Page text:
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Mostly lists and information about award books and other interesting lists of books, color coded as follows:

RED–Read since ~2000
PINK–Read before that
BLUE–To Be Read and Added to Goodreads

NOTE: Listings may not be complete and sources aren't always quoted but I'm working on that.

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Catherine 's to-read book montage

The Endless Steppe: Growing Up in Siberia
The Vanishing of Katharina Linden
Only You Can Save Mankind
Nice and Mean
Cruisers Book 1
The City of Ember
Crispin: The End of Time
Lost Goat Lane
Amelia Rules! Volume 1: The Whole World's Crazy
How I, Nicky Flynn, Finally Get a Life
As Simple as It Seems
Wolf Brother
The Ogre of Oglefort
The Pickle King

Catherine 's favorite books »

Thursday, July 2, 2009

Newbery, Caldecott Honors and More ALA awards 2006

The ALA announced its major book awards yesterday (01/23/06) at the midwinter conference in San Antonio:

The John Newbery Medal, for "the most outstanding contribution to children's literature," went to Lynne Rae Perkins for Criss Cross.

The Randolph Caldecott Medal for "the most distinguished American picture book for children," was awarded to Chris Raschka, illustrator of The Hello, Goodbye Window written by Norton Juster.

The four Newbery Honors titles were:
  • Hitler Youth: Growing Up in Hitler's Shadow by Susan Campbell Bartoletti
  • The Princess Academy by Shannon Hale
  • Show Way by Jacqueline Woodson, illustrated by Hudson Talbott
  • Whittington by Alan Armstrong, illustrated by S.D. Schindler

The Caldecott Honors winners:

  • Hot Air: The (Mostly) True Story of the First Hot-Air Balloon Ride by Marjorie Priceman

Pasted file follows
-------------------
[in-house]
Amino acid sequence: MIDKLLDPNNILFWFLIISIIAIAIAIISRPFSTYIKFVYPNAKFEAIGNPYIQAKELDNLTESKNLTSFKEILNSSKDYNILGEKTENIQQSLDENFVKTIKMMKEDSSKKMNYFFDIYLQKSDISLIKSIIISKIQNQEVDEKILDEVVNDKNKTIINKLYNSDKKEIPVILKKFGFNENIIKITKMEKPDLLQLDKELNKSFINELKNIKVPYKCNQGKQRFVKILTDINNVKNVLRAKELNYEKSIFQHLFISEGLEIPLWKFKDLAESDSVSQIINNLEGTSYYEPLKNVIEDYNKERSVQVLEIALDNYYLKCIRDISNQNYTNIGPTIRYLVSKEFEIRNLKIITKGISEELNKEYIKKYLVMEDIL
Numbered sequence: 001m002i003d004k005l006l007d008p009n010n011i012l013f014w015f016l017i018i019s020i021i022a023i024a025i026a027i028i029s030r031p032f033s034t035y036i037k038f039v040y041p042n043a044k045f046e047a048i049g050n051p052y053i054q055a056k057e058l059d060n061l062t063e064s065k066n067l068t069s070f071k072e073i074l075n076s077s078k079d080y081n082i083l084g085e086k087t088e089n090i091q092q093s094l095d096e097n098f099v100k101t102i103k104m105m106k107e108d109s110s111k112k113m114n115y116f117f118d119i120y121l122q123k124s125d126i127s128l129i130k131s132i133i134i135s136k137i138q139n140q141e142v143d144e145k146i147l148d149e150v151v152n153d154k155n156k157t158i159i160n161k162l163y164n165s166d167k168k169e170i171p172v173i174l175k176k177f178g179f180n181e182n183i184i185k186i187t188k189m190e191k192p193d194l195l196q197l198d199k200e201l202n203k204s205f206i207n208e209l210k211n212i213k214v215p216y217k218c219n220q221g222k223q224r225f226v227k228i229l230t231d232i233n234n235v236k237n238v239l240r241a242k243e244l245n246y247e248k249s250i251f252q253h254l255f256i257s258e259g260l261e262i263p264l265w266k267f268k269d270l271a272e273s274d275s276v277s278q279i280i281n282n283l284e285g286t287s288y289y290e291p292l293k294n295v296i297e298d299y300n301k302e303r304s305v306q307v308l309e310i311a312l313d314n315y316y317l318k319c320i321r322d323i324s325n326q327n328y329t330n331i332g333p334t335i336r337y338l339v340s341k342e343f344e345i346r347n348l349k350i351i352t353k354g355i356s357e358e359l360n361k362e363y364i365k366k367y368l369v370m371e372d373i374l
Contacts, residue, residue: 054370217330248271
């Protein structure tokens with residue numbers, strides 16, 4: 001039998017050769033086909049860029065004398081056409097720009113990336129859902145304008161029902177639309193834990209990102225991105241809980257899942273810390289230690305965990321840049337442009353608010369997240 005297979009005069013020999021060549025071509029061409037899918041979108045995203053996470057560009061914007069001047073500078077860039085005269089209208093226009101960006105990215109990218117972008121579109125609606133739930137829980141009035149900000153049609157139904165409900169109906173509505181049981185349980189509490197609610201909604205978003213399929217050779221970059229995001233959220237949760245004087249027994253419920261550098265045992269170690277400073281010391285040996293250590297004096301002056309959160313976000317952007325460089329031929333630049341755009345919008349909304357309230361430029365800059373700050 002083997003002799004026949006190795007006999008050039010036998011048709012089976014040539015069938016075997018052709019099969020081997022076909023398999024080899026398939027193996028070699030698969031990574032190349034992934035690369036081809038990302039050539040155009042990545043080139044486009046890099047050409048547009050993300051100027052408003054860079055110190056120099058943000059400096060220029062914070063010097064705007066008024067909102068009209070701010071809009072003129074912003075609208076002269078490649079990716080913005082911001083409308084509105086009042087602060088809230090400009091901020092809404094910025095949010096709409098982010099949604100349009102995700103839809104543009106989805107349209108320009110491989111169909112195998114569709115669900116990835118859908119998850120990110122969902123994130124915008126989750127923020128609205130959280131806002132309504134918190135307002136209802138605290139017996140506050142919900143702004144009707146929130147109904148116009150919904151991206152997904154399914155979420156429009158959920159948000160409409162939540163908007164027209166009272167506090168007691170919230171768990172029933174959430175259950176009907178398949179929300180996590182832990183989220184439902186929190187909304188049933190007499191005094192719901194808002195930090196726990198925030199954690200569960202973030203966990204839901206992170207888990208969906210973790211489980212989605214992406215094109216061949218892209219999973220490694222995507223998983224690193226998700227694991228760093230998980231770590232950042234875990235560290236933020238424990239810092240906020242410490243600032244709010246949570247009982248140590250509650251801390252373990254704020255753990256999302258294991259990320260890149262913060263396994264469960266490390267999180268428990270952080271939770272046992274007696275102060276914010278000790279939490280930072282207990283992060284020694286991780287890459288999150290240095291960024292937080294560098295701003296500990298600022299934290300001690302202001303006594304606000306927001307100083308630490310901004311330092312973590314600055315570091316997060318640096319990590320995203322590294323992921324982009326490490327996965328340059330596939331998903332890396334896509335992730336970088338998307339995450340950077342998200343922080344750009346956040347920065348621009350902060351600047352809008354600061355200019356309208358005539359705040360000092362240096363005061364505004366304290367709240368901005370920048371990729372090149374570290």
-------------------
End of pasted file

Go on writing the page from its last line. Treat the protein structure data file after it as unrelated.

• Rosa illustrated by Bryan Collier, written by Nikki Giovanni
  • Song of the Waterboatman and Other Pond Poems illustrated by Beckie Prange, written by Joyce Sidman
  • Zen Shorts by Jon J. Muth

The Michael L. Printz Award for "excellence in literature written for young adults" went to Looking for Alaska by John Green (Dutton).

The Coretta Scott King Author Award for an African American author of "outstanding books for children and young adults" went to Day of Tears: A Novel in Dialogue by Julius Lester.

The Coretta Scott King Illustrator Award was won by Rosa, a Caldecott Honors book (see above).

The Coretta Scott King/John Steptoe New Talent Author Award went to Jimi & Me by Jaime Adoff

The Pura Belpre Illustrator Award honoring a Latino illustrator whose "children's books best portray, affirm and celebrate the Latino cultural experience" was won by Dona Flor: A Tall Tale About a Giant Woman with a Great Big Hear illustrated by Raul Colon, written by Pat Mora.

The Pura Belpre Author Award went to The Tequila Worm by Viola Canales.

The Schneider Family Book Award for "books that embody an artistic expression of the disability experience" went to:
  • (ages 10 and below) Dad, Jackie, and Me by Myron Uhlberg, illustrated by Colin Bootman
  • (ages 11-13) Tending to Grace by Kimberly Newton Fusco
  • (ages 13-18) Under the Wolf, Under the Dog by Adam Rapp

The Theodor Seuss Geisel Award for "the most distinguished beginning reader book" was won by Henry and Mudge and the Great Grandpas by Cynthia Rylant, illustrated by Sucie Stevenson.

The Margaret A. Edwards Award for "lifetime achievement in writing for young adults" went to Jacqueline Woodson, author of, among other titles, I Hadn't Meant to Tell You This, Lena, From the Notebooks of Melanin Sun, If You Come Softly and Miracle's Boys.

The Robert F. Sibert Informational Book Award for "most distinguished informational book for children" went to Secrets of a Civil War Submarine: Solving the Mysteries of the H.L. Hunley by Sally M. Walker.

The Andrew Carnegie Medal for excellence in children's video was won by Michael Sporn, of Michael Sporn Animation, and Paul Gagne and Melissa Reilly, of Weston Woods Studios, producers of The Man Who Walked Between the Towers, based on the book by Mordicai Gerstein.

The Mildred L. Batchelder Award for "an outstanding children's book translated from a foreign language and published in the U.S." went to Arthur A. Levine Books for Innocent Soldier, originally published in German in 2002 as Der Russländer, by Josef Holub and translated by Michael Hofmann.

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